Saturday, May 31, 2014

Towards a Taxonomy of 'Trick' Monsters

A discussion of trick monsters
WOTC's new Owlbear, lovely plummage, same bloody beak
Occasionally one hears table-top RPG players discuss trick monsters, usually with a bit of disdain or annoyance.  Things like Nilbogs (with their reverse everything mechanic) and the various monsters that conceal themselves as treasure or harmless dungeon dressing (mimics, trappers, lurkers above) are classic examples of ‘stupid’ or ‘silly’ trick monsters and get a share of disgust and annoyance.  Yet the trick monster is the mainstay of computer RPGs these days (especially the more action oriented ones) and can be a great deal of fun.  Basically a trick monster is an adversary that the players must think up a special way of defeating beyond simply squaring their avatar’s shoulders and having some luck with the dice and this provides the basis for a fun encounter.

Thursday, May 29, 2014

Cartoony Blank B/X or Retroclone Character Sheet

To the right is a quaint little character sheet I drew up.  I suppose it's for ASE or a similar gonzo sort of game, as it includes a Zardoz head atop the character portrait, but really I think it has everything I'd need to run a basic D&D character.   I made it with a 'significant item' sort of encumbrance system in mind but if you need use weights and measures who am I to say that's a bad thing.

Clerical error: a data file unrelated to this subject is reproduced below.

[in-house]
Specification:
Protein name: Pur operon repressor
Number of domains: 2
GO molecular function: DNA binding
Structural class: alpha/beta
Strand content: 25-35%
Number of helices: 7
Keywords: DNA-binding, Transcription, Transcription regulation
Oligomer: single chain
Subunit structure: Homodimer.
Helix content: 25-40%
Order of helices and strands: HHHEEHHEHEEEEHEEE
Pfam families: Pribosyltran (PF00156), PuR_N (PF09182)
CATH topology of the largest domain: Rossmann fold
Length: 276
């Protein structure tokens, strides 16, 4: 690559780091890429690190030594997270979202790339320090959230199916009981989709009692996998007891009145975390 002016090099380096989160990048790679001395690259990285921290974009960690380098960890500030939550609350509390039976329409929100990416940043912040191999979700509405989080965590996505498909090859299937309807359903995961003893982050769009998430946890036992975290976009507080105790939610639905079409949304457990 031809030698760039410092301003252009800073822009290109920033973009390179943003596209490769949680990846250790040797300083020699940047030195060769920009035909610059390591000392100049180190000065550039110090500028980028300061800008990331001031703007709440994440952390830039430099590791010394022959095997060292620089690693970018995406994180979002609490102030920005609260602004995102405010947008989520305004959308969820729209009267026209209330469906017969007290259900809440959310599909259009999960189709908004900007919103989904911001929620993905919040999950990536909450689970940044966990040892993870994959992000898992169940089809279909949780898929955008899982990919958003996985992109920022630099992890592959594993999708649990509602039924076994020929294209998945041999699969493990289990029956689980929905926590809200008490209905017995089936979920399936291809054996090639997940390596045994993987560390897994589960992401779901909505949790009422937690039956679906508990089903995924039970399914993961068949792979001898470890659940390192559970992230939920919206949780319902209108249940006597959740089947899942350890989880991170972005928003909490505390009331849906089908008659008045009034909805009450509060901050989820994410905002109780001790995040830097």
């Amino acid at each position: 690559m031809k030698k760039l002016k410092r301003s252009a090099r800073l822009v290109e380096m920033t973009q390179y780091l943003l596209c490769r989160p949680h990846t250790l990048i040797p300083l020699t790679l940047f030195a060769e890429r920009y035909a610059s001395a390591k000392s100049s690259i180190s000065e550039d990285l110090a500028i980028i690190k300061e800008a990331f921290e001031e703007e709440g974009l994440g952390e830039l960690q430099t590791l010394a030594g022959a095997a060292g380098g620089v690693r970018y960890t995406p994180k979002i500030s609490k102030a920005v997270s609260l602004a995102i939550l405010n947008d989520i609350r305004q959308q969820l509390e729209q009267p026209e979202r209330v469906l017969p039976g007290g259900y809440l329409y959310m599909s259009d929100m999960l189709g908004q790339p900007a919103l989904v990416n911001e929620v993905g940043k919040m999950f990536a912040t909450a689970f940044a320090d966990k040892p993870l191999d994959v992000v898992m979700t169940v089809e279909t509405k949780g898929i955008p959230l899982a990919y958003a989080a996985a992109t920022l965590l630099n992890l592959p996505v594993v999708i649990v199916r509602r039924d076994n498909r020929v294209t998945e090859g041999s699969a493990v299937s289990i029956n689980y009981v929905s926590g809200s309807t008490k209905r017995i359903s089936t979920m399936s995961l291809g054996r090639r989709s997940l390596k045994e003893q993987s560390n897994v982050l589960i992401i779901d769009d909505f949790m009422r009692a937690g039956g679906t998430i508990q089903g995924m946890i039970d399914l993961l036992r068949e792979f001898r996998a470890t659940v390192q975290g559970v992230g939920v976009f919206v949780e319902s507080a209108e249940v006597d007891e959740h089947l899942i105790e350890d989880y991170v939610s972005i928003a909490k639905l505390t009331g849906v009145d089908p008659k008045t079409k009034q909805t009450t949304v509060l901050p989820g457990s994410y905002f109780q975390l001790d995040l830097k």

I think the hit matrix is largely unnecessary and assumes descending AC, where as I prefer a LOTFP style hit bonus system.

Here's a PDF of the sheet.

Monday, May 26, 2014

Fallen Empire - Central Province Ruins

Ruins Of the Central Provinces
Pepinot Vex has set off across through the decaying grandeur of the Imperial Capitol and into the desolation of the Central Provinces.  The heartland of the Successor Empire, and the richest provinces during the thousand years of Imperial Peace, these lands are desolate now, clogged with ruins and soured by the esters of abandoned ancient magics. 

Central Provinces Encounter Tables (Ruins)
A Coaching Inn, abandoned in the past two generations.  The core buildings of antediluvian bonewhite are surrounded by a sagging maze of later wood and stone construction.  The ruin looks uninhabited, but seems the sort of place that wildlife, bandits and arcane sports would congregate
A Coaching Inn, burnt timbers and frames jut from a pile tumbled stones. Only bright yellow mushrooms grow from the ashes so the fire was relatively recent or the ground is cursed with magical waste.  The inn was of modern construction and little remains above ground.  Careful searching will reveal a stone trapdoor that leads to the Inn’s former cellars.
Only a roadside sign, of weathered bonewhite, proclaiming “The Moneylender’s Folly” hints that a ruin of a coaching inn concealed in a dense growth of briar trees.  The ancient buildings have been melted to slag by some magical conflagration, but the foundations remain, filled with a maze of briar trees festooned with bone chimes and trained into a warren.
A Coaching Inn, bright pennants and bunting decorate a plastered white building roofed in blue tile and the sounds of a pianoforte tinkle out onto the road through an open window.  Approaching the ruin reveals that this is an illusion of prosperity a spectral remnant of the past, only single wall of the inn stands pitted and covered with mould.